And so it was in that context that I started becoming aware of politics and social activism. It was watching George McGovern going down to an historical defeat – historical both in terms of the magnitude of the loss, and the long term, ultimately positive, results of McGovern’s candidacy – that taught me the first and probably harshest lesson of politics, which is that sometimes you have to lose to make a difference.
Not that I really understood that at 10 years old. But that’s when it began to sink in.
I realized today that my youth began to die almost as soon as I left home for the University of Illinois in the fall of 1980. That December, John Lennon was murdered in New York City, an event that was just as jarring as people say it was. From that point on, the passing of cultural icons, heroes, devils, institutions and trends was a common occurrence, from the demise of the vinyl LP to the deaths of Joe Strummer and Johnny Cash, and on and on like a constant drumbeat saying: You’re getting older … older … older … older.
The immanent death of George McGovern is just one more of those events, but it’s a poignant one for those of us who came of age in the aftermath of Vietnam and Watergate, whose native tongue is not so much English or Spanish but the language of cynicism. George McGovern was the ultimate idealist, not altogether unlike John Lennon, Joe Strummer and Johnny Cash, all of whom likewise died and took a part of my youth with them. He showed more dignity in losing an election than most presidents ever show, even in their greatest triumphs. I don’t think there will ever be another politician like him in my lifetime. There certainly wasn’t anyone else quite like him when I was a young.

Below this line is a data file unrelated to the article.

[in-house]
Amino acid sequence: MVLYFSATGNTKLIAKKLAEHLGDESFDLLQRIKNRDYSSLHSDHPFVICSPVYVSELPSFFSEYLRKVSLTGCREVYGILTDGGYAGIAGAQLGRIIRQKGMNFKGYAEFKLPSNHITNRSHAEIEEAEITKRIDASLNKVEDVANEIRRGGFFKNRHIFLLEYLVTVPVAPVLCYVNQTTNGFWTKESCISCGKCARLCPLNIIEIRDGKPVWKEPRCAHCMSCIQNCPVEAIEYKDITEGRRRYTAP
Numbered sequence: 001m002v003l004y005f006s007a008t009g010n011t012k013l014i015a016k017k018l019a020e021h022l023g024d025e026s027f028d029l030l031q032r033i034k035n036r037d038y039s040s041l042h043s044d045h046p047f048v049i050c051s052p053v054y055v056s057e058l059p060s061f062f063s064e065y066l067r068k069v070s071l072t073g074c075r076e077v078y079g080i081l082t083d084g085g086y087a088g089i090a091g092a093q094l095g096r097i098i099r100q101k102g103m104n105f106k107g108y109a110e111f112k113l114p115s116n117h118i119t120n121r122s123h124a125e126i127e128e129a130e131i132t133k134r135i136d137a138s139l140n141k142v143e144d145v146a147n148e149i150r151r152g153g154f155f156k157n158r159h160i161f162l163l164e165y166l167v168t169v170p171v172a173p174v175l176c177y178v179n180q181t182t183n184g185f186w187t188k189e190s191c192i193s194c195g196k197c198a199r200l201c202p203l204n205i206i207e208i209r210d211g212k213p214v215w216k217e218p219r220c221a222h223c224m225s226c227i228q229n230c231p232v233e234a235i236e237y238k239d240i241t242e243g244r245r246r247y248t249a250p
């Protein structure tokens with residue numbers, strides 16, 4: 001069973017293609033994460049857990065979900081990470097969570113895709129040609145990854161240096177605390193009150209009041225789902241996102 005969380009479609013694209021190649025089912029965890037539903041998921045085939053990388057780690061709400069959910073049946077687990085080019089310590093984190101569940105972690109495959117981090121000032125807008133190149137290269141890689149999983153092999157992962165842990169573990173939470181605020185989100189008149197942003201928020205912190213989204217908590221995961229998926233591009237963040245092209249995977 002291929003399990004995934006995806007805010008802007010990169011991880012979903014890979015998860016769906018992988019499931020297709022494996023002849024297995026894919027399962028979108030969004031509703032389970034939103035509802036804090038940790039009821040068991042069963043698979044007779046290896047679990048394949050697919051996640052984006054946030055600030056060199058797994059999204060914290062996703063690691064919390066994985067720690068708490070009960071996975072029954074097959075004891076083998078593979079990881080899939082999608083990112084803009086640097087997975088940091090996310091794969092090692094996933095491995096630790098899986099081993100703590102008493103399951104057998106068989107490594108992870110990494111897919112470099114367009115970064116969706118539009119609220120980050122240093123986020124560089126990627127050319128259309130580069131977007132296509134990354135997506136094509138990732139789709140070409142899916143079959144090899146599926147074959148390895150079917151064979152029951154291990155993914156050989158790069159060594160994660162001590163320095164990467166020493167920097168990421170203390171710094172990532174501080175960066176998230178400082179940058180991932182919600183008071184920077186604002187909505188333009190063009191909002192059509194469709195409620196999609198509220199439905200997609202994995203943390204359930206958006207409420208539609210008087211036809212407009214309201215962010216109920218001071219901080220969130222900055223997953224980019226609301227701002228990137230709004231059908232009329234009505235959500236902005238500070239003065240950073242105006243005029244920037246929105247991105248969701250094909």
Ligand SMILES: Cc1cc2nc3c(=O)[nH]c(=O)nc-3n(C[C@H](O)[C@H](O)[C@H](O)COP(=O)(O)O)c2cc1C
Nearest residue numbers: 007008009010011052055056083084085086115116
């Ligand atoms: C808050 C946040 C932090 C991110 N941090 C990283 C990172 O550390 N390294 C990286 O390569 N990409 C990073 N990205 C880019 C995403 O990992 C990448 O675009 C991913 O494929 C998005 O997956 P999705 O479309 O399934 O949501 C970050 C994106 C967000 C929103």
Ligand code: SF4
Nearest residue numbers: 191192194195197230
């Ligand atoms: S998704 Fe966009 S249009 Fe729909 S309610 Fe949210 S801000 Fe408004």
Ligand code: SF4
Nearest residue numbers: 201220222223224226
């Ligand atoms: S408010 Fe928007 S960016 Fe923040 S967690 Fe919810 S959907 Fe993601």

1 comment:

  1. This is an illuminating essay, coming at a time when it appears that America's current experiment with the smallest whiff of idealism may be coming to an end. As was the case in McGovern's era, the two culprits are somewhat the same: an uneasy and unresolved relationship with the American racial past that taints all discussions of progressive and social change, and the confusion of the notion of a "prosperous commonwealth" with unregulated and unrestrained personal greed.

    Ironically, I read this just a few moments after finishing a very short piece in the Atlantic about the malaise that afflicts Japanese society. Japan is wealthy, but sterile---in ambition, ideas, and idealism. It has closed in on itself, abjured immigration, even seen its number of students studying abroad drop by one half. I hope this is not our eventual fate.
    NPR recapped McGovern's 1972 campaign this morning. The 1972 loss and subsequent Watergate disaster, along with then1980 election of Ronald Reagan were to me, the two biggest nails in the coffin of progressivism and idealism. Bush II's bankrupting of the nation doesn't deserve the honor of being called a nail--more like a thumbtack that sealed our fate. After a few minutes, I had to turn the radio off from sheer exhaustion--and I'm not sure I'll turn it back on until after the election /Joel Lessing